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Anatomy and Physiology

Health History

  1. Current Health Status
    • - shortness of breath
    • - cyanosis
    • - cough
    • - sputum
    • - chest pain
  2. Past Health History
    • - prior lung disease
    • - exposure to respiratory disease
    • - allergies
    • - smoking
    • - OTC nasal sprays or medications
    • - use of oxygen
    • - vaccinations



Remove all clothing to waist. Sit on an exam table or stand.


  1. Shape of chest -
    • A. AP Diameter - (Antero-posterior diameter)
    • B. Barrel Chest - AP diameter compared to transverse diameter is 1:1
    • C. Pigeon Breast (Pecus carinatum) - AP diameter is increased
    • D. Funnel Breast - (Pecus excavatum)
    • E. Kyphosis
    • F. Poker Spine
    • G. Scoliosis
    • H. Lordosis

  2. Slope of Ribs - normally ribs are inserted into the spine at a 45E angle and inserted into the costal angle at a 45E angle.

  3. Abnormal Retraction of Interspaces During Inspiration

    • A. Substernal retractions
    • B. Intercostal retractions
    • C. Suprasternal retractions

  4. Pattern of Respiration
    • A. Men & women - breathe diaphragmatically
    • Women - breathe thoracically or costaly

  5. Rate Depth, Type and Rhythm of Breathing
    • A. Eupnea, 16-20 BPM
    • B. Tachypnea, respirations over 20 BPM
    • C. Bradypnea, respirations under 10 BPM
    • D. Apnea, absence of respirations
    • E. Hyperpnea, increase in depth of respirations
    • F. Cheyne-Stokes, altering hyperpnea and shallow respirations, followed by periods of apnea.
    • G. Biot's, shallow breathing interrupted by apnea
    • H. Kussmauls, increase in rate and depth
    • Apneustic, long inspiration, short expiration

  6. Use of Accessory Muscles.
    • A. Sternocleidomastoid muscle
    • B. Scalenus
    • Trapezius

  7. Symmetry of Chest Expansion

  8. Lips, Nailbeds, Nares


  1. Identify Areas of Tenderness, Lesions, Masses, or Crepitation

  2. Respiratory Excursion. (Thoracic expansion) Can be assessed in anterior or posterior chest.

  3. Tactile Fremitus (vocal fremitus) - client says "99" while examiner palpates the thorax using palmar surface of fingers or ulnar aspect of hand.

    • A. Normal fremitus
    • B. Increased vocal fremitus
    • C. Decreased or absent vocal fremitus

  4. Vibration (fremitus) During Quiet Inspiration and Expiration

  5. Palpate for Tracheal Deviation.


  1. Percussion penetrates to a depth of approximately 5-7 cm. It is used to determine the relative amounts of air, liquid, or solid material in the underlying lung.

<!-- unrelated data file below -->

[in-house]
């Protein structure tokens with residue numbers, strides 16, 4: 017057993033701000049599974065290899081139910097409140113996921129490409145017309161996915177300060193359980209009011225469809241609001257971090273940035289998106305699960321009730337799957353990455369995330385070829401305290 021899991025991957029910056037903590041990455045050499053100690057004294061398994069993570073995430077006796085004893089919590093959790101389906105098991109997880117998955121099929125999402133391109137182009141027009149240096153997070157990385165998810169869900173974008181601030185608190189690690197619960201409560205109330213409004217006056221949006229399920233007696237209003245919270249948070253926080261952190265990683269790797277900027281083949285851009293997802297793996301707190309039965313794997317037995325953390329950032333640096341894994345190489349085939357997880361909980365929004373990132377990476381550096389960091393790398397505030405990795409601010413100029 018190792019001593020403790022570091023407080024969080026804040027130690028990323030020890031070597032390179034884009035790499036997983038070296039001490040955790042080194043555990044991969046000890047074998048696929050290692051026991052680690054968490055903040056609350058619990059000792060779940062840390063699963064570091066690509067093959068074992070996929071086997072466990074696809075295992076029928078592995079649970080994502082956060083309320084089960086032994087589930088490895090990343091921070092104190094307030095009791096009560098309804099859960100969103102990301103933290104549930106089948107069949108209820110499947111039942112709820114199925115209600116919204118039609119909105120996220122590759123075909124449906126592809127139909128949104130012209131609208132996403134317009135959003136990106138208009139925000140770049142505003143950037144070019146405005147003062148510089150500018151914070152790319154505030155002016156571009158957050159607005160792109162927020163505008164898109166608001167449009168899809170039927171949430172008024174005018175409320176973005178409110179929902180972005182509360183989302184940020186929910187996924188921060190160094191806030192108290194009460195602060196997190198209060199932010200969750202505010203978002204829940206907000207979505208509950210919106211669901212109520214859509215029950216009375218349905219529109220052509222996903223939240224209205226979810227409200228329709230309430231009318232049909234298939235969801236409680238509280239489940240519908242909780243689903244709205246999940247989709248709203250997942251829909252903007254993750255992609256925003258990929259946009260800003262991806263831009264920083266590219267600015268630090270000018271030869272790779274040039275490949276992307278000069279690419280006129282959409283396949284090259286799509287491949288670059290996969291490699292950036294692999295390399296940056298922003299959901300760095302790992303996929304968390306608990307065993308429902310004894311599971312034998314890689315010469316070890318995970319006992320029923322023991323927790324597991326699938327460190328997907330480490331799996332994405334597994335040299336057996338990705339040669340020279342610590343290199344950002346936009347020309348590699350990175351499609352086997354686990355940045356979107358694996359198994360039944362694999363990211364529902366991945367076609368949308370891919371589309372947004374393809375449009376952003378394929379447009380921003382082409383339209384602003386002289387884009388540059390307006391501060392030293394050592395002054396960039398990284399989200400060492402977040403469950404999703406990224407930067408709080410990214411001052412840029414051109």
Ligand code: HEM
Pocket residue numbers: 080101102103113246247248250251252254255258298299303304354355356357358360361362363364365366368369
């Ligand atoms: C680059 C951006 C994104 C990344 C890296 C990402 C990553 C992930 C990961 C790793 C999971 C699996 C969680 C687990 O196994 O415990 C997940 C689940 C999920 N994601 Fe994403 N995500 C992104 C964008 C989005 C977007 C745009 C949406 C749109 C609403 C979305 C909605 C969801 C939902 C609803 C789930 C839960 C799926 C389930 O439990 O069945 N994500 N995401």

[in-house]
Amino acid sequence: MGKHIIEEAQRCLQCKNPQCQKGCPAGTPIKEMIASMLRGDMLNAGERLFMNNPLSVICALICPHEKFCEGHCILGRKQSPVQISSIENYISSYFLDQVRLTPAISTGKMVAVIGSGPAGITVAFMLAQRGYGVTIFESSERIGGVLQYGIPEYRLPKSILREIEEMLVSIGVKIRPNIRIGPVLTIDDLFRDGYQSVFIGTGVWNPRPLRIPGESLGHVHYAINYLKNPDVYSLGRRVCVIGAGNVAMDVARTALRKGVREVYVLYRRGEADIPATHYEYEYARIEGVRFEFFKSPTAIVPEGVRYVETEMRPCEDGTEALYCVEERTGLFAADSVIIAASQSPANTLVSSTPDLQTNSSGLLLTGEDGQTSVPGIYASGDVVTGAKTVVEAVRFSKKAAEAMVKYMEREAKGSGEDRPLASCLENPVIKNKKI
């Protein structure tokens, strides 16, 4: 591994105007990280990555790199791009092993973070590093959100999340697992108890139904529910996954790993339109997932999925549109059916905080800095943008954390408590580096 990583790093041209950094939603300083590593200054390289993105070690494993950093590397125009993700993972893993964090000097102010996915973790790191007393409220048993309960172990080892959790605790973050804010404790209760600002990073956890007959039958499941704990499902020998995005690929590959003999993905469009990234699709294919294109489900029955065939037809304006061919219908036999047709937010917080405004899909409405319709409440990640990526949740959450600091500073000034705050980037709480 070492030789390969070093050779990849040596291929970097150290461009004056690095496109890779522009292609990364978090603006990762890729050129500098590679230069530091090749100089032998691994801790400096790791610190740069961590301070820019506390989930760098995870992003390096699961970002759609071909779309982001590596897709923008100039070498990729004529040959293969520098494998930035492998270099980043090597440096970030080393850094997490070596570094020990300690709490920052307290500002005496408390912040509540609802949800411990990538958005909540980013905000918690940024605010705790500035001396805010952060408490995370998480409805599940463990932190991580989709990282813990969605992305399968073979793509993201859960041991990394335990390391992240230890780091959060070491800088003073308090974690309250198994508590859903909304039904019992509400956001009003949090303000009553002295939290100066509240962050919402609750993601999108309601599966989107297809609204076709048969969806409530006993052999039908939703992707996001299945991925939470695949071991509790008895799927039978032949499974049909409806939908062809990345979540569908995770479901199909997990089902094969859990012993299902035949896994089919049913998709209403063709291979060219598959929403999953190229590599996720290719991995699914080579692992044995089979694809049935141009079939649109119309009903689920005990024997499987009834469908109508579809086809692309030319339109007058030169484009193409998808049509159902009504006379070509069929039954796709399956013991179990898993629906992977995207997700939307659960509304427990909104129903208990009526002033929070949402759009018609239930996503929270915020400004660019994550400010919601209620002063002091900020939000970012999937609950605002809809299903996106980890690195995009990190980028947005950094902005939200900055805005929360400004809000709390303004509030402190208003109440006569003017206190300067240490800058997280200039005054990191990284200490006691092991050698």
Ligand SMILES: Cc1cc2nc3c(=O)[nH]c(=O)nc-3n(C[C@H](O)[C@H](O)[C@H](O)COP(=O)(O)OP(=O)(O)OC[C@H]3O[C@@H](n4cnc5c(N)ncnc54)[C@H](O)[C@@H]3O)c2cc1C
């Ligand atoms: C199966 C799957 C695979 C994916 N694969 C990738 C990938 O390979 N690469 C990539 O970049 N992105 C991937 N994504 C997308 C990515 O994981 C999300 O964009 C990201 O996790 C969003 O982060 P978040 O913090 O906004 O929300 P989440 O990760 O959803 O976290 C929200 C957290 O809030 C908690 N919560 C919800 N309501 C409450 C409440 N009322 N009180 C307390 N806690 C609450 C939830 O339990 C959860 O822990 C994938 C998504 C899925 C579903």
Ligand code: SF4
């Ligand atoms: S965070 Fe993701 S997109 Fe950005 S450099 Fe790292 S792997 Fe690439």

• Resonance - loud, low pitched hollow sound of a long duration.

  2. Abnormal percussion notes:

    • Hyperresonance - occurs with increased amounts of air. Loud, low-pitched booming sound with a long duration.

    • Dullness - occurs with fluid, pus, consolidation, or tumors. Medium soft intensity with a thud-like sound.

    • Flatness- large amount of fluid over an area with little underlying air. (Pleural effusion). Soft, high-pitched sound with a very short duration.

  3. Diaphragmatic excursion


  1. Symmetrical Areas Should be Compared in Regard to

    • Pitch
    • Intensity
    • Quality
    • Duration
    • Presence of Adventitious Breath Sounds.

    Instruct client to breathe slightly more deeply and slowly than normal respiration. Client should breathe through open mouth.

    Sound Duration of inspiration and expiration Diagram of sound Pitch Intensity Normal Location Abnormal Location
    Vesicular Inspiration > expiration 5 : 2 Low Soft Peripheral lung Over trachea and sternum
    Broncho-vesicular Inspiration = expiration 1 : 1 Moderate Moderate First and second intercostal spaces at the border over major bronchi Peripheral lung
    Bronchial (tubular) Inspiration < expiration 1 : 2 Pause between inspiration and expiration High Loud Over trachea Lung areas

  2. Changes in Normal Breath Sounds

    • A. Deep breathing changes normal vesicular sounds to bronchovesicular sounds
    • B. Breathing through the nose will alter normal breath sounds
    • C. Fluid filling the alveoli will convert vesicular sounds to bronchovesicular sounds (early pneumonia).
    • D. Large amounts of fluid collecting will change vesicular to bronchial sounds (lung consolidation).
    • E. No breath sounds
      • obstructed bronchus
      • pneumothorax
      • fractured ribs with splinting
      • obesity
      • barrel chest
        • thickened pleura
        • air and fluid in pleural place

  3. Egophony - when listening over a normal peripheral lung you will hear the sound "eee" when the patient voices "eee." When the lung is compressed by fluid (pleural effusion), you will hear the sound "aye."

  4. Adventitious Sounds

    • A. Crackles (rales)
      1. Fine - high pitched
      2. Medium
      3. Coarse - low pitched
    • B. Wheezes
      1. Sonorous (coarse) - low pitched
      2. Sibilant (wheezes) - high pitched (usually occurs during expiratory phase of respiration. Inspiratory wheezes indicate severe narrowing of the airway.)
          a. monophonic wheezes
          b. polyphonic wheezes

  5. C. Rhonchi (gurgles)

  6. D. Friction rub - loud dry creaking or grating sound heard best over lower anterolateral thorax

  7. E. Stridor - an inspiratory wheeze that is louder over the neck than the thorax.

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